A Complete Guide to Artificial Sweeteners

by Jackie Wicks

Fructose

Fructose is a monosaccharide found most abundantly in fruits. Unlike galactose, it cannot be converted into glucose by our body, and it also cannot fuel our brain. While our muscles can utilize fructose for energy in situations where it is the only fuel available, they vastly prefer to use glucose. As a result, the most common fate for fructose is processing by the liver. If the liver is not at full glycogen capacity, fructose will rapidly be converted into glycogen. If the amount of fructose consumed is too high for the liver to process into glycogen (if it overloads the enzymes, for example), or if the liver has enough glycogen, then fructose will be converted to fat for either immediate use or, more likely, storage.

Fructose, as found in whole fruits, is not bad. The absorption is slowed down by the digestive process and fiber, and even a large piece of fruit only has limited fructose in it, not nearly enough to overwhelm your liver. In addition, fructose increases the oxidation rate of glucose, meaning that your body uses more glucose for energy (as opposed to storage) when fructose is present as well. This makes fructose a great sugar to consume alongside glucose when exercising.

Times have changed significantly since fructose, and sugar in general, were found primarily in fruits and sweet vegetables, and the addition of excess sugar in our diet has contributed to many afflictions of lifestyle, from obesity to tooth decay. Though glucose, fructose, and galactose are metabolized differently, the truth is that sugar is sugar, and excess sugar in the form of syrups and crystals are not and will never be “healthy.”

That being said, the different ways we metabolize sugars do make some better choices than others, if still less than healthy choices. Table sugar (sucrose), high fructose corn syrup (HFCS), agave nectar, honey, and brown rice syrup are the five most common caloric sweeteners, and they each have different percentages of glucose and fructose.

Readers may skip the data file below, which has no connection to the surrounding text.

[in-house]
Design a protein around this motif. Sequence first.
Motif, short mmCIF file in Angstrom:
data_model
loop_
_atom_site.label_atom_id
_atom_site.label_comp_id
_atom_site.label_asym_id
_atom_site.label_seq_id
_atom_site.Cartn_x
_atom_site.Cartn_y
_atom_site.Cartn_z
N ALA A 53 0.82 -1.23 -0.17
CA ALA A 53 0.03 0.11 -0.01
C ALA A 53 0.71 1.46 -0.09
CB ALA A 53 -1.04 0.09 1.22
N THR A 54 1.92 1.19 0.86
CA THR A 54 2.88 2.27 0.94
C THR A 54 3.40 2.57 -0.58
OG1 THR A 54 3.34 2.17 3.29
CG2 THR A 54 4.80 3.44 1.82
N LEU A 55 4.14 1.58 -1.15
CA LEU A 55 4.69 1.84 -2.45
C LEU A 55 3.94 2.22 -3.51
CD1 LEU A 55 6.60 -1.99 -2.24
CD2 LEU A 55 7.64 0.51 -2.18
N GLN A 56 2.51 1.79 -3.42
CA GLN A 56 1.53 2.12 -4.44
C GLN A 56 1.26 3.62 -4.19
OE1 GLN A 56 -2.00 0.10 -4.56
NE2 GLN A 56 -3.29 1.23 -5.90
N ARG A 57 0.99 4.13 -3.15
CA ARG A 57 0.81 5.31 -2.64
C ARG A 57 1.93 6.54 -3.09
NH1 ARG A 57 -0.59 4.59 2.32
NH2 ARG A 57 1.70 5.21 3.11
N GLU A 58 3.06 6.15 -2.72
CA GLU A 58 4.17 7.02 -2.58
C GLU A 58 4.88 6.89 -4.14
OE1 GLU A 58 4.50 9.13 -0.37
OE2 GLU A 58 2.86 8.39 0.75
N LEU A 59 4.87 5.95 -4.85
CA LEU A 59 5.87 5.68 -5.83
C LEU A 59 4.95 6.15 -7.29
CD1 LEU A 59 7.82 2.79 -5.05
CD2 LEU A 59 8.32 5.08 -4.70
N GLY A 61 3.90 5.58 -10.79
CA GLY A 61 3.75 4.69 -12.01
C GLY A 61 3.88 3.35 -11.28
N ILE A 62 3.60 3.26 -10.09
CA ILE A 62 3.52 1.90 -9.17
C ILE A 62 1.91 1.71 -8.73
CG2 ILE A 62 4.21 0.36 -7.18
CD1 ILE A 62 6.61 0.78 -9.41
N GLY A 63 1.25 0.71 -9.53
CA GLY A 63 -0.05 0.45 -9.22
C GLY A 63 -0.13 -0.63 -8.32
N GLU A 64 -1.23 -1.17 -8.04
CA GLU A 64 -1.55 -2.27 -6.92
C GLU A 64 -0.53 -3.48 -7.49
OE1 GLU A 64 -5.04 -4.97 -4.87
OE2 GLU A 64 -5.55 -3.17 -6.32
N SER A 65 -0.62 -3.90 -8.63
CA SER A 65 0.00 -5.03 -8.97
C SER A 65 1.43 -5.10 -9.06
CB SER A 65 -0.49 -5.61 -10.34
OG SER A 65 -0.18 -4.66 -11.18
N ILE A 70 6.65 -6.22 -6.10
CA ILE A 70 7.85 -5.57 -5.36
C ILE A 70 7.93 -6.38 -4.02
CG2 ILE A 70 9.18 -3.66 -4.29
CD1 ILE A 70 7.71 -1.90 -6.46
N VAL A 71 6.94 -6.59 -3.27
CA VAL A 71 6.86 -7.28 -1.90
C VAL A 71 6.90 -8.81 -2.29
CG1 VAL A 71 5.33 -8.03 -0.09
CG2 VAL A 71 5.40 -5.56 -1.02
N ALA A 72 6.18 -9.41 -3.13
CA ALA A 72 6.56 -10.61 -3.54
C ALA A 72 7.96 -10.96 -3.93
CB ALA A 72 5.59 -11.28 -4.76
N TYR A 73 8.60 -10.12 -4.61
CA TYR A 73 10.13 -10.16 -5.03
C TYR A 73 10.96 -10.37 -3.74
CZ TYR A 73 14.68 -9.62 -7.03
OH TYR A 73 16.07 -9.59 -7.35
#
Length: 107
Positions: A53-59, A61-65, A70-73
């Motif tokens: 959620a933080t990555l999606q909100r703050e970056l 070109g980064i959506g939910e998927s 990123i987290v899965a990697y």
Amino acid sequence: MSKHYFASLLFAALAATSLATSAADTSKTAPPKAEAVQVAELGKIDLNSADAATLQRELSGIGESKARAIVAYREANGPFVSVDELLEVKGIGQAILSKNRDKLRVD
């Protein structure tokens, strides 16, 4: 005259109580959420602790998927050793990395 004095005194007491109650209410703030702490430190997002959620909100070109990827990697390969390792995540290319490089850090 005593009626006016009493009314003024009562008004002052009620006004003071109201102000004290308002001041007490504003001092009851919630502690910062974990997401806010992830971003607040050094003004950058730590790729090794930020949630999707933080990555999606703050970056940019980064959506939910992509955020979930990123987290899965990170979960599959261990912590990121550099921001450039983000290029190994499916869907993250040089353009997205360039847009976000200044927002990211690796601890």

Table Sugar

Table sugar is formed of sucrose, which comes from sugar canes or sugar beets primarily. It is a disaccharide (a double sugar) formed of glucose and fructose, and is thus 50% glucose, 50% fructose. Our body splits it rapidly in the small intestine into its constituent sugars, which are then absorbed into the hepatic portal vein, which travels from the small intestine to the liver. The glucose is released near instantly from the liver into our bloodstream, the fructose gets metabolized by the liver into either glycogen or fat.

Sucrose is very rapidly absorbed, requiring almost no digestive effort. The only limiting factor is how long it takes the food or drink you’ve consumed to reach your small intestine, as no sugar is absorbed through the stomach. Once in the small intestine, the sugars will be absorbed at a rate of around 30 calories per minute. If your sugar is in the form of a soda, you will have completely absorbed 100% of the sugar in about five minutes. Food forms may take slightly longer to digest, solely due to transit time from stomach to small intestine. These absorption times hold true for the rest of the sugars listed below as well.

High-Fructose Corn Syrup

High-fructose corn syrup is very similar to fructose, but 55% fructose, 45% glucose. Because of its higher fructose content, there is the possibility more will be stored as fat (remember that fructose is normally only used for glycogen storage or fat storage). While our muscles may use the glucose as energy, fructose will never be used instantly as energy. This makes high-fructose corn syrup worse than sucrose, but only by the smallest amount. A better reason to avoid it is its relationship to foods which contain it–it is only found in highly-processed products which likely will contain other ingredients you should avoid, like trans fats, excess omega-6 fatty acids, and artificial flavors and colorings.

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